Published on July 21st, 2020 | by Subhash Nair0
The RM300,000 SUV Question: Volvo XC60 vs Mercedes-Benz GLC
Last month, we looked at two ‘entry-level’ premium SUVs from BMW and Lexus – the X3 and NX. Those two were priced around RM304K at that price neither has a clear competitive advantage. Today, we’re looking at two more ‘entry-level’ premium SUVs. This time, both are locally-assembled and both are from European makes.
It’s the Volvo XC60 T5 at RM279,410 versus the Mercedes-Benz GLC 200 at RM286,379. Now, that may sound like a huge price difference, but this is the price with 0% sales tax attached, which only lasts till the end of 2020. Once 2021 rolls around, prices will return to RM298,888 and RM299,888 respectively. These two are really, well matched and we can even factor in the sales tax discount as part of this comparison.
In fact, since pricing is objective, let’s start there. Without the sales tax difference, the Volvo is just RM1,000 cheaper than the Benz. This is barely a difference, so let’s leave it alone.
Sales Tax Discount (2020 only)
Both vehicles are powered by 2-litre petrol engines and are locally-assembled, yet the Volvo XC60 T5 is a whole 6.5% cheaper until the end of 2020. The Mercedes-Benz GLC 200 is just 4.5% cheaper until the end of 2020. The price difference between the two expands from RM1,000 to RM6,969. Now, it’s a little more difficult to ignore the difference and we have to factor it in. The XC60 T5 is clearly the winner in this category.
Warranties are handled differently between these two brands. Mercedes-Benz gives you 4 years with unlimited mileage, where Volvo offers 5 years but caps the mileage to 120,000km.
The biggest similarity between the two SUVs is that they both use modern 2-litre turbocharged 4-cylinder petrol engines with direct injection.
In the Volvo XC60 T5, the engine outputs 254hp and 350Nm of torque.
In the Mercedes-Benz GLC 200, the engine outputs 194hp and 320Nm of torque.
In the XC60 T5, you get an 8-speed automatic that’s built by Aisin. The transmission here sends power to all four wheels.
In the GLC 200, you get a 9-speed automatic built by Daimler themselves. This transmission sends power to the rear wheels only.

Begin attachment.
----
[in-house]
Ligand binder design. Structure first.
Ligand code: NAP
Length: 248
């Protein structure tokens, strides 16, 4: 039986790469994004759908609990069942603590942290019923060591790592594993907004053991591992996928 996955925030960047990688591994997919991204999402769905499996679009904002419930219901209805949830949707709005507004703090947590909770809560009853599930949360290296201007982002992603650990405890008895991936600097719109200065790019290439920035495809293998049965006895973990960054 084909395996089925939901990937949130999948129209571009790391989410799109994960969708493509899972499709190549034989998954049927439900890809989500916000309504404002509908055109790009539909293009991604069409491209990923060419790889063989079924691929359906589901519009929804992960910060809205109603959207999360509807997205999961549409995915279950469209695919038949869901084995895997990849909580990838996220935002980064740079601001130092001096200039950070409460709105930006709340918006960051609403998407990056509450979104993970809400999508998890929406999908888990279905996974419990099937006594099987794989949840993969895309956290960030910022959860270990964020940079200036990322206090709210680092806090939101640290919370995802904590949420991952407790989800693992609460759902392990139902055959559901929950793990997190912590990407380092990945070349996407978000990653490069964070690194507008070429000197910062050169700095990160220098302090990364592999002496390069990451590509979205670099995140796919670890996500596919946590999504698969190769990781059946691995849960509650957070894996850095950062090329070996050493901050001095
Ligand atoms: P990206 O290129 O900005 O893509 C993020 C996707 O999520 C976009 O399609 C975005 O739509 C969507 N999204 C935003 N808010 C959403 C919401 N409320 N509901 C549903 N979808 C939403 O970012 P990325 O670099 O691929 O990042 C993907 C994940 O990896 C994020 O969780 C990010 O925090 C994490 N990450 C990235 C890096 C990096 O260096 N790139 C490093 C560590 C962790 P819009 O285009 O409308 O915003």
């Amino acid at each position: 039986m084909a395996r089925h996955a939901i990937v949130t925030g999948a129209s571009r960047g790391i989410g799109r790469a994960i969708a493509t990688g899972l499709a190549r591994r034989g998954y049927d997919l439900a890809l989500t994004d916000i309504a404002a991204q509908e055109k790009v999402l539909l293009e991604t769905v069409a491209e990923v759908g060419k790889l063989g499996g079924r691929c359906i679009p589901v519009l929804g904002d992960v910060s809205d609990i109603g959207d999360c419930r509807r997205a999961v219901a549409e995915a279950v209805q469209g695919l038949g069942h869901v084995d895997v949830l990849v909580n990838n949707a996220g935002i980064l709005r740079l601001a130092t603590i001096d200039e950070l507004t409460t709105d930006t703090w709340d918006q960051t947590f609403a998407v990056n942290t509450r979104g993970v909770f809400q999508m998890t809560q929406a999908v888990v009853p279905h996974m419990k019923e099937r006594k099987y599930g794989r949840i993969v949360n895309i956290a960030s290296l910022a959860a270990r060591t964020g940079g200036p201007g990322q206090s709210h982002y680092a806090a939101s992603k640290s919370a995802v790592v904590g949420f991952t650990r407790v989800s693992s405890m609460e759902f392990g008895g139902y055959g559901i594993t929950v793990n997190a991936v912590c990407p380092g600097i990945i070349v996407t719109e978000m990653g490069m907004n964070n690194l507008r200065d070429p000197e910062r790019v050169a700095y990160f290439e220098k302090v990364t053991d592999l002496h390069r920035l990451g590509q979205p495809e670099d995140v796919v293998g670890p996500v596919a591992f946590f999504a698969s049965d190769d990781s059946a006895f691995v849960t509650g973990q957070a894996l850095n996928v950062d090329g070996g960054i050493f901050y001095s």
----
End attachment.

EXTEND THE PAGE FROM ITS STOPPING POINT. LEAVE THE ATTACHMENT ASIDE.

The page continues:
There’s no clear winner here, but each has its advantages. The GLC’s has an additional gear ratio, while the XC60 comes with all-wheel drive.
The XC60 T5 is a little faster off the line, accelerating from 0-100km/h in 6.8 seconds, a whole second faster than the Benz.
However, the Benz is a faster machine with a top speed of 217km/h. For now, the Volvo XC60 has a top speed of 210km/h, but as Volvo’s 180km/h speed cap comes into place, the XC60 may eventually be artificially limited to this much slower top speed. The GLC 200 is also more fuel efficient at 6.6 – 6.9 l/100 km where the XC60 returns 7.8 l/100km. The GLC 200 wins in these two performance metrics.
The Volvo XC60 has double wishbone front suspension and multi-link rear suspension with a TRANSVERSE composite leaf spring. The GLC 200 has multi-link suspension on all four wheels. The XC60 T5 comes with Dynamic chassis tuning from the factory while the GLC 200 has off-road comfort suspension from the factory.
In terms of length, the Volvo is 3.2cm longer than the Benz. It’s also 1.2cm wider, and 1.9cm taller.
Despite those minor victories, the XC60 is also 137kg heavier, a significant weight difference indeed.
In the trunk, the GLC is able to deliver significantly more luggage space at 550 litre versus the XC60’s 505 litres. That being said, the XC60 gives you an actual space saver spare tyre — missing on the Benz.
On the subject of tyres and wheels, the XC60 T5 comes with 18″ alloys wrapped in 235/60R18 tyres whereas the GLC 200 comes with 20″ alloys in tyres measuring 255/45R20.
In terms of safety, both vehicles are excellent and scored well, though it’s tough to say if the Malaysian specification difference in the models tested will adversely change the way these vehicles perform in a crash.
In terms of real world differences, the GLC 200 has 7 airbags instead of just 6, the additional airbag being for the driver’s knees.
Both vehicles have some form of forward collision avoidance, but the Volvo’s active safety kit is slightly more sophisticated. The XC60 also extends the lead in this realm with steering correction with run-off-road protection and rear cross traffic alert.
When it comes to premium cars, the gadgets and toys are always something to look forward to.
Mercedes-Benz makes a good impression here with a larger and horizontally aligned 10.25″ MBUX infotainment unit. The XC60 comes with a 9″ Sensus infotainment unit which is vertically aligned.
However, the Volvo has the clear lead in terms of audio with a 10-speaker 224W sound system. Mercedes-Benz doesn’t share information about the GLC 200’s sound system, but from our time with the car, we seem to remember it having as few as 4-6 speakers. Contact Mercedes-Benz Malaysia or visit a dealership for more accurate information.
The GLC takes the lead in a number of other ways, including having paddle shifters, auto parking and electric steering column adjustment.
However, the Volvo XC60 does some features a little better. For instance, it has keyless entry, while you’ll have to use your key fob to unlock the GLC every time you enter it. The XC60 also gives you contactless power boot operation.
As you can see, the two really do trade blows. The biggest win in the comparison goes to Volvo for their much larger sales tax discount. Other equipment differences are really a little subjective. Some prefer a lighter vehicle while others prefer having all-wheel drive. We suggest you test drive both SUVs before making your final decision.